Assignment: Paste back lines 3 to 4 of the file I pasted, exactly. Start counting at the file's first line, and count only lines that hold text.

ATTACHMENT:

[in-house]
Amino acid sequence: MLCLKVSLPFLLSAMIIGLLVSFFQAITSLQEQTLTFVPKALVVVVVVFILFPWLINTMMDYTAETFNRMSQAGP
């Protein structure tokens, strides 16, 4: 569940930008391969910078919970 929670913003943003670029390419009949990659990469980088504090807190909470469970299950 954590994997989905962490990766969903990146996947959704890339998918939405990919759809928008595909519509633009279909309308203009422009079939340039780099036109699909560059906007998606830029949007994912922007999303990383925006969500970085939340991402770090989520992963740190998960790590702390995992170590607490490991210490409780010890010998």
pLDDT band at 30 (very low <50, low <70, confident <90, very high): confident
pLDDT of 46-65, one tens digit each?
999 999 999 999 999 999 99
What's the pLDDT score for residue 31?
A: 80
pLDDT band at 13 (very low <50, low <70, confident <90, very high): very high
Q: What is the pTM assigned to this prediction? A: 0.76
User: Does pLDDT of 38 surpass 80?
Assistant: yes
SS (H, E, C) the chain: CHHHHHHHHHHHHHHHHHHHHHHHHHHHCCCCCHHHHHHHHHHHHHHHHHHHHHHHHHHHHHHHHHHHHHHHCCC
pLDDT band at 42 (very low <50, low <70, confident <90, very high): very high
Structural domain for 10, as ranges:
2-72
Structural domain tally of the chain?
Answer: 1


């Protein structure tokens, strides 16, 4: 569940930008391969910078919970 929670913003943003670029390419009949990659990469980088504090807190909470469970299950 954590994997989905962490990766969903990146996947959704890339998918939405990919759809928008595909519509633009279909309308203009422009079939340039780099036109699909560059906007998606830029949007994912922007999303990383925006969500970085939340991402770090989520992963740190998960790590702390995992170590607490490991210490409780010890010998």
pLDDT band at 30 (very low <50, low <70, confident <90, very high): confident